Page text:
Cardinal Community House Providing Homeless Help

Kelli Ude, executive director, gives a tour of the Cardinal Community House in Oklahoma City.

The Cardinal Community House (517 SW Second St.) is providing sorely needed help for the homeless.

Through a partnership between St. Anthony Hospital and Catholic Charities of Oklahoma City, the center is providing respite and resources that many may take for granted after hospitalization or an emergency room visit.

These resources could include safe shelter, three meals a day, prescription management, hygiene supplies and counseling resources–which are often key factors in an individual’s recovery after a hospital stay.

Kelli Ude, the center’s executive director and an attorney,

Pointed out that the facility was once the Oklahoma City Halfway House for inmates nearing the end of their prison sentences.

Miss Ude said the center ended its contract to operate the halfway house and temporarily became a shelter for the homeless during the height of the COVID-19 pandemic.

In 2021, the center changed to become a respite care center for the unsheltered.

The center’s executive director said the non-profit center’s transformation came about through conversations with Patrick Raglow, executive director of Catholic Charities of Oklahoma City.

Mr. Raglow brought the center’s leadership together with SSM Health St. Anthony Hospital.

Through the two organizations’ current partnership, St. Anthony sends discharged patients experiencing homelessness to Cardinal Community House for post-hospitalization or post-emergency room care.  Ude said most individuals stay an average of about 30 days to recuperate and the center is currently prepared to offer care for about 40 people.  She said an on-site Catholic Charities case manager works with each person to find them a permanent housing solution.

At first, some were wary of the center because they had not experienced anything like it.  Ude said each person is given their own room and a place to store their belongings.

Three meals a day are served in a cafeteria-style setting, but the center includes two kitchenette areas, where patrons may keep snacks and prepare foods between meals.  Transportation to appointments also is provided by staff via several of the respite care center’s vehicles.

The idea is to nurture a sense of community among those recuperating together, Miss Ude said.

“Many of them have a community–the tents and the communities that they’ve built outside–and they have a lot of mistrust,” she said.  “I think they’ve been able to find some of that inside of the center, as well, and we want them to feel at home, we want them to be comfortable in this environment.”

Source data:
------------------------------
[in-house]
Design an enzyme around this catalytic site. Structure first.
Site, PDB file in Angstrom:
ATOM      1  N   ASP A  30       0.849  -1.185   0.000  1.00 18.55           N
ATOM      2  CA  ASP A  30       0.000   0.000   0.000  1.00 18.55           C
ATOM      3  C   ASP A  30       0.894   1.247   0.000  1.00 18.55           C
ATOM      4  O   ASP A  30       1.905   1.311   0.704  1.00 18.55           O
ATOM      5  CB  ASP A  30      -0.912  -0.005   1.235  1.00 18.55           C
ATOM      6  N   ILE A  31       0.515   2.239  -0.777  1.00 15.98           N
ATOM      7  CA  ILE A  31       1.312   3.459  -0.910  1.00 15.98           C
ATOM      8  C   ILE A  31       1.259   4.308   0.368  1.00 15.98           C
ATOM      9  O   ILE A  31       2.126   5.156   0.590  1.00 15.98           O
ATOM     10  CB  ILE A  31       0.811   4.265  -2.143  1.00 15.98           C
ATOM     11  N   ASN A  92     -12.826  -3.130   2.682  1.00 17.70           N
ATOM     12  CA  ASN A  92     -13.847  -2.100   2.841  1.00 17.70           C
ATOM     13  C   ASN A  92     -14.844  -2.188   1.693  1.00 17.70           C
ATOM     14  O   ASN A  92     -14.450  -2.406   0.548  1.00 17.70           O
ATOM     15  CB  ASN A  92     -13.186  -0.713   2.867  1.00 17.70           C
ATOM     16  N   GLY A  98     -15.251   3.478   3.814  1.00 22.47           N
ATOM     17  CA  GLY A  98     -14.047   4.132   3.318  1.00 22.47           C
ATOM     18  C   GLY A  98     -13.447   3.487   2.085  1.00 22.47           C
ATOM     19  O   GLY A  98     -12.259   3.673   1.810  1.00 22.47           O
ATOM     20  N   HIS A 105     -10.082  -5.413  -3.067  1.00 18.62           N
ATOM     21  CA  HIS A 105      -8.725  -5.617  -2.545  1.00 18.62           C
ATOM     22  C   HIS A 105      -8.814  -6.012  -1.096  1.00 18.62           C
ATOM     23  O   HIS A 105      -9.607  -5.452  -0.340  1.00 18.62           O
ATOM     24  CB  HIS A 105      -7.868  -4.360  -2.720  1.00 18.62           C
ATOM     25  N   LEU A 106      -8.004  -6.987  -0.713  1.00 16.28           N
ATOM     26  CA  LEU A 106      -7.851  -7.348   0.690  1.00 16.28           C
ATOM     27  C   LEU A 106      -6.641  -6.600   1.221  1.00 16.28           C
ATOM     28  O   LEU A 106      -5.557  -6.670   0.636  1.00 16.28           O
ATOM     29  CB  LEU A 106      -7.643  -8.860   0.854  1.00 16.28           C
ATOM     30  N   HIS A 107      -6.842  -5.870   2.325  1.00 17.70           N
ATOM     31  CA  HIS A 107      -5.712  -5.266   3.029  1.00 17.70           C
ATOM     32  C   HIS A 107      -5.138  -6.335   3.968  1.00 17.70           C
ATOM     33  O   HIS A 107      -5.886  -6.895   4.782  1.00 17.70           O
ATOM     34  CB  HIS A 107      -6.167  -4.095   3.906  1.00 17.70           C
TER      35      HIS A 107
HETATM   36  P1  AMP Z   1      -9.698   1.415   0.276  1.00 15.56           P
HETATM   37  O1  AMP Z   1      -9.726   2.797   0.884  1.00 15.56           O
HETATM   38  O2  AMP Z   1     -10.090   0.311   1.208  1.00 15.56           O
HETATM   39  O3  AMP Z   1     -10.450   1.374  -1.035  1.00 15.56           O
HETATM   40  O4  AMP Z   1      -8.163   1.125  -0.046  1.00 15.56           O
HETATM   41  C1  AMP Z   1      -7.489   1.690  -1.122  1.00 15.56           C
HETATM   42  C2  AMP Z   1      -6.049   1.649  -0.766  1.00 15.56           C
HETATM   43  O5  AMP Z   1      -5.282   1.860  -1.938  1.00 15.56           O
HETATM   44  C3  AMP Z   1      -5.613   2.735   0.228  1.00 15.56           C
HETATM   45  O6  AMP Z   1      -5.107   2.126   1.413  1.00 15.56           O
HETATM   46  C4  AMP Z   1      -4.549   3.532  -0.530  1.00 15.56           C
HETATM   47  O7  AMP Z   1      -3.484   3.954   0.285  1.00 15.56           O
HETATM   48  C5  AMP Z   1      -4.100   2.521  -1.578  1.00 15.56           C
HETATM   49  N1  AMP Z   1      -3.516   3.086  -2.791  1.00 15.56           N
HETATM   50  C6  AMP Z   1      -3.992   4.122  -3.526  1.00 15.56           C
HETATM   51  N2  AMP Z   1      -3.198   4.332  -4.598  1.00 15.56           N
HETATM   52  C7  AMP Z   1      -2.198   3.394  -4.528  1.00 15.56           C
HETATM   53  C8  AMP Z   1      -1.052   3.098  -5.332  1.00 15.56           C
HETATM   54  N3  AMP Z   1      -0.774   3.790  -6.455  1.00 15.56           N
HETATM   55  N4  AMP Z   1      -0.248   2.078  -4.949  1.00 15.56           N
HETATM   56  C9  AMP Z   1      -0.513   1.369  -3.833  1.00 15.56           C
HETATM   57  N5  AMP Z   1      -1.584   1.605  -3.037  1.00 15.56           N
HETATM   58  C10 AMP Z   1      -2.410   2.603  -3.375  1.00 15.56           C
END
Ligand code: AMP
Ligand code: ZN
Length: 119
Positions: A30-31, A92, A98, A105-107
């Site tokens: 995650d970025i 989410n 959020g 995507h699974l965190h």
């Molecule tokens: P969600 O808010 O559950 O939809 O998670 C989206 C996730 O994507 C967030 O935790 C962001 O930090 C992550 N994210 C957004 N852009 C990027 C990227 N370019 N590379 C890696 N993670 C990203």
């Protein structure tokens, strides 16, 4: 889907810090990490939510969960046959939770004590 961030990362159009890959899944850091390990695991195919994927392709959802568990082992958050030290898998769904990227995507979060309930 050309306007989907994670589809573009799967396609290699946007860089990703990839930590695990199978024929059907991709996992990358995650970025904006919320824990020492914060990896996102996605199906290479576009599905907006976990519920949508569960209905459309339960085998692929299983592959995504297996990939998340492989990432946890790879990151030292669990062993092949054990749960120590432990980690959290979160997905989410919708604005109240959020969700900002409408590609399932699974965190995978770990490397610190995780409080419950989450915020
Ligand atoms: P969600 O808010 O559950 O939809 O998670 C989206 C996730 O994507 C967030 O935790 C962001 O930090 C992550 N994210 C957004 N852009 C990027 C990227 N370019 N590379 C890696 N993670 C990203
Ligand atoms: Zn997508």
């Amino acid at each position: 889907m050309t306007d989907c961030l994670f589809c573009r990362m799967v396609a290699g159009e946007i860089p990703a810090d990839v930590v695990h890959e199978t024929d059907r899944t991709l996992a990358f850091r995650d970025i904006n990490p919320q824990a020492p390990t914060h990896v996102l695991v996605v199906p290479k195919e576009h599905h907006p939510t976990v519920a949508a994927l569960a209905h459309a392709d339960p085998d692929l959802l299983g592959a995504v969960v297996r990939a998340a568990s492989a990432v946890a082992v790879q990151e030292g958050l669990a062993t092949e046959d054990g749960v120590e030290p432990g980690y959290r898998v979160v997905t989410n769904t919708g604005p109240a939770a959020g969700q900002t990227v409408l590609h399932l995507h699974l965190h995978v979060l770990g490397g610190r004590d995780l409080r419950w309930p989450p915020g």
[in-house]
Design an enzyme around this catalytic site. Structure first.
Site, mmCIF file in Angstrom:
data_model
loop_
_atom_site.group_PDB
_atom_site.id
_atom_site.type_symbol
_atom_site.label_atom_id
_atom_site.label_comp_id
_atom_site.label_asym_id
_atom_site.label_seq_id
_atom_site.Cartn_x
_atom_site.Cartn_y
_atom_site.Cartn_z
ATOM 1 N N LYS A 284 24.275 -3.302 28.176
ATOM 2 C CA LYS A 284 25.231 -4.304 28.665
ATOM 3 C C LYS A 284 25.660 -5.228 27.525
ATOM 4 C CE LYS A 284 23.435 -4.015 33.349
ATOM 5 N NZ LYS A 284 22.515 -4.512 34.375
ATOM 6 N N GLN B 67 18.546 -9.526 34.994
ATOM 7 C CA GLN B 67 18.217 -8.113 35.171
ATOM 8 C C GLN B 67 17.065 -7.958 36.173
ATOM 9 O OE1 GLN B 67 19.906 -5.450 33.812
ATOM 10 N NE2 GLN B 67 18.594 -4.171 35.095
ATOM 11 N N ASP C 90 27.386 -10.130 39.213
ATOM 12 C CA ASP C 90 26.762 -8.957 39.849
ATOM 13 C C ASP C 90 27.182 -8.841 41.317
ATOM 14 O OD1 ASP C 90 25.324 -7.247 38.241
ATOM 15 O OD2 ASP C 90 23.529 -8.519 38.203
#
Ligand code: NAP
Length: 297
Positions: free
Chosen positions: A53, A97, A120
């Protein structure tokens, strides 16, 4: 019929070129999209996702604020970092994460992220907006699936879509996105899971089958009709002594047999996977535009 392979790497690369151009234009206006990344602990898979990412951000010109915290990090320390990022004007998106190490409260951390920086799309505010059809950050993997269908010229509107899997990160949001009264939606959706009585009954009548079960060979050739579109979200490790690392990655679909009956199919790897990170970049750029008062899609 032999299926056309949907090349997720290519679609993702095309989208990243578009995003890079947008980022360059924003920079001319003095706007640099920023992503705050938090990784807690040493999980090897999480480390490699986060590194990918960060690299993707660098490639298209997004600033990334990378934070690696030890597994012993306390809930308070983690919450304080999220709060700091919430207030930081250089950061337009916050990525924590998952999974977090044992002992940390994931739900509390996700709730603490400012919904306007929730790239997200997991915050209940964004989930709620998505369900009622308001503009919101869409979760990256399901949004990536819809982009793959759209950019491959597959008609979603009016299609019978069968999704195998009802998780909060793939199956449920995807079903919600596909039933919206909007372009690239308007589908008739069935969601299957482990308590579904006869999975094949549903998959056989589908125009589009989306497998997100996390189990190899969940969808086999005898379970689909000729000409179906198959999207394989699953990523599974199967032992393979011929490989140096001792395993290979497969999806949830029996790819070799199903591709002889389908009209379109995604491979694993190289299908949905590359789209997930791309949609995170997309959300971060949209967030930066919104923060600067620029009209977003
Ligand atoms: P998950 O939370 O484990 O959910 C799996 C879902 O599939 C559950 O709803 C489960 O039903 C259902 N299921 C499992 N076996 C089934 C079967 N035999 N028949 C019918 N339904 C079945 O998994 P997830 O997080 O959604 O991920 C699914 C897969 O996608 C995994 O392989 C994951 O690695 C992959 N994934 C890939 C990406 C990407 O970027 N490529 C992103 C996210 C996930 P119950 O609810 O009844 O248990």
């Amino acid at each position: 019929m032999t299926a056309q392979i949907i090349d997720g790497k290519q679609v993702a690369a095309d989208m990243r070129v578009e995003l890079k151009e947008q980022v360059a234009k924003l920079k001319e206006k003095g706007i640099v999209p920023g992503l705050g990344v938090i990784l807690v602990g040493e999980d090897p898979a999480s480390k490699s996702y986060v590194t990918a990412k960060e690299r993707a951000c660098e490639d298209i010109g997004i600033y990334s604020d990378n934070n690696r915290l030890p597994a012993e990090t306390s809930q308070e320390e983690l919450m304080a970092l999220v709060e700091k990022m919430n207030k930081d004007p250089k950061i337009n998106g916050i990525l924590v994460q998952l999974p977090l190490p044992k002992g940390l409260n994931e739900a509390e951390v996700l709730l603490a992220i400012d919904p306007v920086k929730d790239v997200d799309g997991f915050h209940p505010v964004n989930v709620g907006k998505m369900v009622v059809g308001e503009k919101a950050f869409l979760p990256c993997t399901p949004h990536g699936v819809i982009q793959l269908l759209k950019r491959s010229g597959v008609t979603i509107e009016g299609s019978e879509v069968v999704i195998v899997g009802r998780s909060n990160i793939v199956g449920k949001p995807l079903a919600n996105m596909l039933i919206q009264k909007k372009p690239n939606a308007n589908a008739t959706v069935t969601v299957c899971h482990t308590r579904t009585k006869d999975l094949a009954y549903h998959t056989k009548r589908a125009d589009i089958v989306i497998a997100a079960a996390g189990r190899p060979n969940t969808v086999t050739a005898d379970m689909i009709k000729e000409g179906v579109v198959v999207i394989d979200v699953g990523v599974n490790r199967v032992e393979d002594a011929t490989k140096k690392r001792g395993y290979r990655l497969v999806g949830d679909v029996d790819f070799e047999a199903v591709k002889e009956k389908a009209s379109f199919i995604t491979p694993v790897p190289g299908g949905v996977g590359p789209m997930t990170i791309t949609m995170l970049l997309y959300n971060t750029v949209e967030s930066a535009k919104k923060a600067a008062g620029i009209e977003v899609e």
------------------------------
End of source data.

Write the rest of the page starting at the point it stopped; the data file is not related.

She said the center has become a haven for clients like a woman with the son with developmental disabilities.   Miss Ude said the woman agreed to medical treatment at the hospital once she knew her son would be able to stay with her at the respite center while she recuperated.

Mr. Raglow said he had seen a similar respite care model in Spokane, Washington, and thought it would be great to have something like it in Oklahoma City.  He said Oklahoma is big on collaborative efforts.

“We can help make good things happen through collaboration, and everybody wins,” he said.

He noted that the Cardinal Community House program may not be as extensive as a similar program in Spokane, but it is meeting needs that had previously been unmet.

“If you go to the hospital, and then they send you home and say take your medicine for 10 days and get plenty of sleep, and rest and clean the wound, if you’ve got a place to live and family support, neighbors and friends that will support you, that’s what you do, and you recover, and it’s a wonderful thing,” Raglow said.  “But if you’re homeless, or you live in a tent, or in a car, and it’s 110 degrees out and you’ve got to have your refrigerated medicine, or whatever it is, you just don’t have the opportunity to actually recover from the injury or from the condition.”

Andrew Ochs, regional director-mission integration with SSM Health St. Anthony Hospital, said he spoke to Mr. Raglow about the respite care model in Spokane and he also knew of a similar program, this one in Tennessee, which offered a “post-discharge solution for homeless patients who are seen in city hospitals.”

He said St. Anthony was panxious to become the first hospital in Oklahoma City to sign an agreement to begin discharging some of the community’s “most vulnerable” to Cardinal Community House.

“That’s the concept behind the respite shelter to provide a safe, medically appropriate space for our homeless brothers and sisters to just heal up for a few days,” he said.

“For a period of time after the hospitalization, their room and board is covered.”

Ude said individuals are currently referred to Cardinal Community House by SSM Health St. Anthony, but the respite care center is open to referrals from other medical organizations.

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